How to tell your child about their learning difficulty. - Wendy Maitin Casalis
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How to tell your child about their learning difficulty.

How to tell your child about their learning difficulty.

Should I tell my child they have a learning difficulty? This is a question that families ask me daily. It is a great question that is often heavily weighted with emotion, misconception, and concern about not hurting your child.

Reasons to tell your child about their learning difficulty

There is a general misconception that children should not know that they have a learning difficulty. Chances are though that your child already knows. They know that they are struggling at school. They may be able to see that they are not at the same level as their peers. And they may even have started to believe that the reason for their struggles is because they are stupid.

These misperceptions become a problem when they begin to affect your child’s self-esteem, self-concept, and motivation towards their school work. It is much harder to address a learning difficulty when emotional difficulties are compounding it.

When there is a lack of insight and awareness into our difficulties, it impacts on the effectiveness of interventions. This can stop your child from making progress.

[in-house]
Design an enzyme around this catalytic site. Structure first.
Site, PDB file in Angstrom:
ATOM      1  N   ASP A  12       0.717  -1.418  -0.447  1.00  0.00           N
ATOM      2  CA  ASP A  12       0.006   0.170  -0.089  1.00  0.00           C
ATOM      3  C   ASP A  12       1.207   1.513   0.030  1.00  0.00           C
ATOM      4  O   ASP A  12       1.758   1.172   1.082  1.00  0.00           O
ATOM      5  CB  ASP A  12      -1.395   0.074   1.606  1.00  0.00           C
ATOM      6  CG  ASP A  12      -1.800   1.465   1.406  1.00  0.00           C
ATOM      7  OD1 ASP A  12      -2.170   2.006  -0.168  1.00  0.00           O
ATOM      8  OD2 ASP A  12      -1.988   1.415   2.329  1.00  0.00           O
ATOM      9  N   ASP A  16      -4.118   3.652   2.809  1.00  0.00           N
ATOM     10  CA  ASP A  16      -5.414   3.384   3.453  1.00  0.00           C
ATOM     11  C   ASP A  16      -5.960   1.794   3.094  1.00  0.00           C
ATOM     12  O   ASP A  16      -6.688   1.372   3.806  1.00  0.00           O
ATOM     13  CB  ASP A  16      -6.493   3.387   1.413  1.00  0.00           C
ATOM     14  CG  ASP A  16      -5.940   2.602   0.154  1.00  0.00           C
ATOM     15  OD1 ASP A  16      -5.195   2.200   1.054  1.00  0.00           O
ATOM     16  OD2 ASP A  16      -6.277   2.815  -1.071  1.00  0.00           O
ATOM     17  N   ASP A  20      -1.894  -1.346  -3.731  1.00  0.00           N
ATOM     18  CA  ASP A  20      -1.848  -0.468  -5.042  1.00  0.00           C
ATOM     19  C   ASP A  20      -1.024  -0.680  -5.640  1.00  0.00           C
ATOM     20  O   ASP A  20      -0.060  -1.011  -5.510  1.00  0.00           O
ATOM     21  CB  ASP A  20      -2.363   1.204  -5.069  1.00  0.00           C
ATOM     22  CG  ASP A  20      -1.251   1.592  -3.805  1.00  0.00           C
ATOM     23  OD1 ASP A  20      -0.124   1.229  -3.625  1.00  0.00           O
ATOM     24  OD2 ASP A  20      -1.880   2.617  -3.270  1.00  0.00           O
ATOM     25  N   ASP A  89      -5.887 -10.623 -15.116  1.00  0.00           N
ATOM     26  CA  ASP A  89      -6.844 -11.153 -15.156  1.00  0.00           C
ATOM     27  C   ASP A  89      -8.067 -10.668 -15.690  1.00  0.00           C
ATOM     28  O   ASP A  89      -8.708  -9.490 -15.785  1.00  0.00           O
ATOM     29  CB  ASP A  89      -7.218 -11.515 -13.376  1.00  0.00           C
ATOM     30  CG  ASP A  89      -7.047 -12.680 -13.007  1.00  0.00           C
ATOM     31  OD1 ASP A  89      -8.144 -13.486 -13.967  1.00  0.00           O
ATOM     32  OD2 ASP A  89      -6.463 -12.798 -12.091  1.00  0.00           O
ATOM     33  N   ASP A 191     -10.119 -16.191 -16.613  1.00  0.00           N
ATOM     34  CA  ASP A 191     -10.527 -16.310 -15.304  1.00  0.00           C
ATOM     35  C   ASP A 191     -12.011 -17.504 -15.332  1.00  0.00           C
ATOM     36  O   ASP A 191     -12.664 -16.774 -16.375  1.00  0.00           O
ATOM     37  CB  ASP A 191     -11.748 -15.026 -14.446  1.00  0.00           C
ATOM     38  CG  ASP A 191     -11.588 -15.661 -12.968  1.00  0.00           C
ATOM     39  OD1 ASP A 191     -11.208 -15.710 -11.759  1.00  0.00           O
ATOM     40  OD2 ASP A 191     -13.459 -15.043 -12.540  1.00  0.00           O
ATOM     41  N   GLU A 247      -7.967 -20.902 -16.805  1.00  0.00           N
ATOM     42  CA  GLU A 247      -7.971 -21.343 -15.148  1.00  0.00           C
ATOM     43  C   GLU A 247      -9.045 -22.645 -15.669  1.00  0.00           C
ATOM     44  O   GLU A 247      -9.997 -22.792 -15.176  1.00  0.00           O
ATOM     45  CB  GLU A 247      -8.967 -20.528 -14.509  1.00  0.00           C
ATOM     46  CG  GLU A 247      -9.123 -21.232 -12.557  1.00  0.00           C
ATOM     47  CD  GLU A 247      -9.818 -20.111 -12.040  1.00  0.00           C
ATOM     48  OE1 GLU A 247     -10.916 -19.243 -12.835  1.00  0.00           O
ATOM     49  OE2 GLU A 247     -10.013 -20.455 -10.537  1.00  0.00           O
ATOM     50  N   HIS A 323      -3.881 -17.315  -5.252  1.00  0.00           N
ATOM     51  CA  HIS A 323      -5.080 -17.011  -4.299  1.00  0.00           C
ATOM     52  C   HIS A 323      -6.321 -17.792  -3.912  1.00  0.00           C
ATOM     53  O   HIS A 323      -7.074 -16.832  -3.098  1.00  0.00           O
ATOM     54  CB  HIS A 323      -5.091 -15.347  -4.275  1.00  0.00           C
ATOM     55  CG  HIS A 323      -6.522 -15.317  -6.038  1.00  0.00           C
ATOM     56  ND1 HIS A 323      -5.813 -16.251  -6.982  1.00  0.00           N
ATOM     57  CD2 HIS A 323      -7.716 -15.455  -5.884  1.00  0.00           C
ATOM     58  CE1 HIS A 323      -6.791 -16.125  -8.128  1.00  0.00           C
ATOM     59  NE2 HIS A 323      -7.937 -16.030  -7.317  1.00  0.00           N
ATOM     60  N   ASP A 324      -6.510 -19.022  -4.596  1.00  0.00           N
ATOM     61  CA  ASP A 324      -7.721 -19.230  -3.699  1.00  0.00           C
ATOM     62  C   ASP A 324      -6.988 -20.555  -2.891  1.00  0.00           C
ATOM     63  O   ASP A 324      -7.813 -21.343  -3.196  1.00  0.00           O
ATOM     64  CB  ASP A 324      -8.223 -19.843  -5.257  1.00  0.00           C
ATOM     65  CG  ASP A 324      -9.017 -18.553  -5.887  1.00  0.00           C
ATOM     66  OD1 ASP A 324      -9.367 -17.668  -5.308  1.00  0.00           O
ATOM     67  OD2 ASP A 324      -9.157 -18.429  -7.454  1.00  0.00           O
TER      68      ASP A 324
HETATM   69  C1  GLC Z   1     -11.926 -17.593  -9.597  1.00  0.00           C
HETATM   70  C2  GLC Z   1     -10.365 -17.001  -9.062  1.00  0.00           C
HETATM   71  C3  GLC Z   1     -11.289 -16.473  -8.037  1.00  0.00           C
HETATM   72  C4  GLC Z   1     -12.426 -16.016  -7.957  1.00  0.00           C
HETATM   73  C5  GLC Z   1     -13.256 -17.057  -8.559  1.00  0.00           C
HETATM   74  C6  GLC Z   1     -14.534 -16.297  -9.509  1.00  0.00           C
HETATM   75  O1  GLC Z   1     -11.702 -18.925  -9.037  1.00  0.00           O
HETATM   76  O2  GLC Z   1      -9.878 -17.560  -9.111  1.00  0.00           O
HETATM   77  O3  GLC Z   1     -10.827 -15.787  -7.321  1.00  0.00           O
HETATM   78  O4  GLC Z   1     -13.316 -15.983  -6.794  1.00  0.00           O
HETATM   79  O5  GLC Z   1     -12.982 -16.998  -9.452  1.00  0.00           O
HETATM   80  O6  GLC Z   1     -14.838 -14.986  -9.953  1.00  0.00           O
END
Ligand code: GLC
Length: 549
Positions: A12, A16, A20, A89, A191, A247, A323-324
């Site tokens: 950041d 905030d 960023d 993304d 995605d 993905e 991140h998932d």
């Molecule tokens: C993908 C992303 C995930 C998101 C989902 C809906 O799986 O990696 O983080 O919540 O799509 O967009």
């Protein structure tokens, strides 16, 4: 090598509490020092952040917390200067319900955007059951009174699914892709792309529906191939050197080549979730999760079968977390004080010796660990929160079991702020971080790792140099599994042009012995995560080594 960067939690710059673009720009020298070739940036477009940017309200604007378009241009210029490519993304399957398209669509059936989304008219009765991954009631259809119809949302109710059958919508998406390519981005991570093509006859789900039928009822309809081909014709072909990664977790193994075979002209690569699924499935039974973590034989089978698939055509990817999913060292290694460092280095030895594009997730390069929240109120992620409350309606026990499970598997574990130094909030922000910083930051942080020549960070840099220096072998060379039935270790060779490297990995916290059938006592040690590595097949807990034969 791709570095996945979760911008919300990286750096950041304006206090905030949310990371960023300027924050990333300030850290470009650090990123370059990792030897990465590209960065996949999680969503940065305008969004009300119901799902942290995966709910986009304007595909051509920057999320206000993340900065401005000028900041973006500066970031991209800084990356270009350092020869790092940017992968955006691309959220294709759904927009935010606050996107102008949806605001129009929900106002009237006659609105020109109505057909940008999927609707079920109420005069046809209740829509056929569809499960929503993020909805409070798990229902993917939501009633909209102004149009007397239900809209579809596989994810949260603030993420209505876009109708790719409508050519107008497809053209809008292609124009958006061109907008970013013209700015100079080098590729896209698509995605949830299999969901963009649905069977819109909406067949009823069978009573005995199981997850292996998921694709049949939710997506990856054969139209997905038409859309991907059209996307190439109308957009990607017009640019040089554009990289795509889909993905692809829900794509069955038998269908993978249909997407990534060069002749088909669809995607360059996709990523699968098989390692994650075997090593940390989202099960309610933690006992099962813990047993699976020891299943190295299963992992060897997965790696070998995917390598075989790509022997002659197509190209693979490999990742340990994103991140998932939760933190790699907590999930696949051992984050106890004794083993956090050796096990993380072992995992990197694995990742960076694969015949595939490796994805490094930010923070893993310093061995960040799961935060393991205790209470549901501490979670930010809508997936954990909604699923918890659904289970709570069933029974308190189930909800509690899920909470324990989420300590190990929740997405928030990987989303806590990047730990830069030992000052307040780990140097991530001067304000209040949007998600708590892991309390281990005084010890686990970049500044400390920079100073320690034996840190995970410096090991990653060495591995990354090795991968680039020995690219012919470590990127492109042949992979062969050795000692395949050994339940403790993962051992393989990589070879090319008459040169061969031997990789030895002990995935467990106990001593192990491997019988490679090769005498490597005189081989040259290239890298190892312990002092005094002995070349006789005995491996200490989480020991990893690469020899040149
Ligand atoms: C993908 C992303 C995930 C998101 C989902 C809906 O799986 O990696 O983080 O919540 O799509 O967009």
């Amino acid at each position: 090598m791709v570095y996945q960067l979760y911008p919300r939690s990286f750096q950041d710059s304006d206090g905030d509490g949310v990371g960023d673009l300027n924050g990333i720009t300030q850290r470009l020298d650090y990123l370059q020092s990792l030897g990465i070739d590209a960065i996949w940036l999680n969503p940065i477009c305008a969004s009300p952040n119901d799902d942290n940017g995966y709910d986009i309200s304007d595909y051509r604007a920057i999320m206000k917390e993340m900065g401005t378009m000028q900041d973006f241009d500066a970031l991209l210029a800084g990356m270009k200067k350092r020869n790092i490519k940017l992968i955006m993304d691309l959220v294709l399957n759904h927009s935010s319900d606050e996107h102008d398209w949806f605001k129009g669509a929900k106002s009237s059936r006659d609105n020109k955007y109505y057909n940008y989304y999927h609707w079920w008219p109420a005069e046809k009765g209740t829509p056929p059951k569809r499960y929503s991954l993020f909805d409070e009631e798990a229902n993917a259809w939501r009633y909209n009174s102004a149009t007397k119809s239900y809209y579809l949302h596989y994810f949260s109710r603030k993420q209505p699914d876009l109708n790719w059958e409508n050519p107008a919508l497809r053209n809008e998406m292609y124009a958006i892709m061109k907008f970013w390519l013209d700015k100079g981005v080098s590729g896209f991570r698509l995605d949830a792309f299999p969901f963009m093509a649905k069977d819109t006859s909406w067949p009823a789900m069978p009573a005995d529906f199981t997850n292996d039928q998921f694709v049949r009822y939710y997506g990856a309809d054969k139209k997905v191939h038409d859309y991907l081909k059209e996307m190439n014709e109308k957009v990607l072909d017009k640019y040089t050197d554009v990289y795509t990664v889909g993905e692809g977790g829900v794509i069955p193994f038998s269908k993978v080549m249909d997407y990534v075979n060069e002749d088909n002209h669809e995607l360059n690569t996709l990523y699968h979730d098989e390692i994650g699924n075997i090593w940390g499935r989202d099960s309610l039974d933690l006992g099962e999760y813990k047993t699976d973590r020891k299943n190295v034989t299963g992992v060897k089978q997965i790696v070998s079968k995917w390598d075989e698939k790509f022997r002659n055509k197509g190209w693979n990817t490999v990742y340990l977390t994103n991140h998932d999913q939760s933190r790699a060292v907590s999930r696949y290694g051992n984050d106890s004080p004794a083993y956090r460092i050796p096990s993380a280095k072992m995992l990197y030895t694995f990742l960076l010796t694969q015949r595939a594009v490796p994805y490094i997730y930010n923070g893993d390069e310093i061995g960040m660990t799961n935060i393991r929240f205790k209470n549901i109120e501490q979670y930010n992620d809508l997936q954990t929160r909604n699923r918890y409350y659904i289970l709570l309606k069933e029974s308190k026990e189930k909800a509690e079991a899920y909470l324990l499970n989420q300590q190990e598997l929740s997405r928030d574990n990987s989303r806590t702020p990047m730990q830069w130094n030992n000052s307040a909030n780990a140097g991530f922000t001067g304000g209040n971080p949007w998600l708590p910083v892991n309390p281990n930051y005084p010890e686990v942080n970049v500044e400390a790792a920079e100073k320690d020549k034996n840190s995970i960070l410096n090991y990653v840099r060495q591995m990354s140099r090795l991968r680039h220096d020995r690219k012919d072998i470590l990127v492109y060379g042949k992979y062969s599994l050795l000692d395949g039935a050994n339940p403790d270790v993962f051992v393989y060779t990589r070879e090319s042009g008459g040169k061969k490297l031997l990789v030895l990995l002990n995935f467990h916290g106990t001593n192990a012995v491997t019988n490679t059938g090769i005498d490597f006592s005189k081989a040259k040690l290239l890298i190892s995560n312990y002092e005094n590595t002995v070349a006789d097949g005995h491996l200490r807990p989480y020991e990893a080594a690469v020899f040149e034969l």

Start by focusing on your child’s strengths

A good starting point to the discussion with your child is to highlight their strengths. Children with learning difficulties have as many strengths as they do weaknesses. For example, they may be highly creative, they could be an excellent sportsman, or they might be good at certain subjects.

Reminding your child of these strengths is essential to the development of their understanding of what it means to have a learning difficulty.

Dispel myths and misconceptions about what a learning disability is and what it isn’t

When telling your child about their learning difficulty, it is important to gauge what their understanding is. Many children have misconceptions and misguided information about a learning difficulty. For example, ‘it means I am stupid,’ ‘it goes away in high school’ or ‘I will never be able to read.’

Clarifying these myths and misconceptions is an essential part of the process to assist your child in developing an understanding of the difficulties that they are experiencing.

As a parent, you may need to develop your understanding of your child’s specific learning difficulty so that you can answer any questions that your child has. Growing your knowledge can be achieved by speaking to professionals with experience and expertise within the field, talking to parents whose children have similar challenges, attending courses or workshops and conducting research in the area.

Using a metaphor to create understanding

Using a metaphor can be a handy tool to explain to your child why their learning difficulty is creating barriers for them in the classroom environment. The one I most commonly use is the ‘traffic’ metaphor (adapted from the following article –  www.ldonline.org/article/30521/):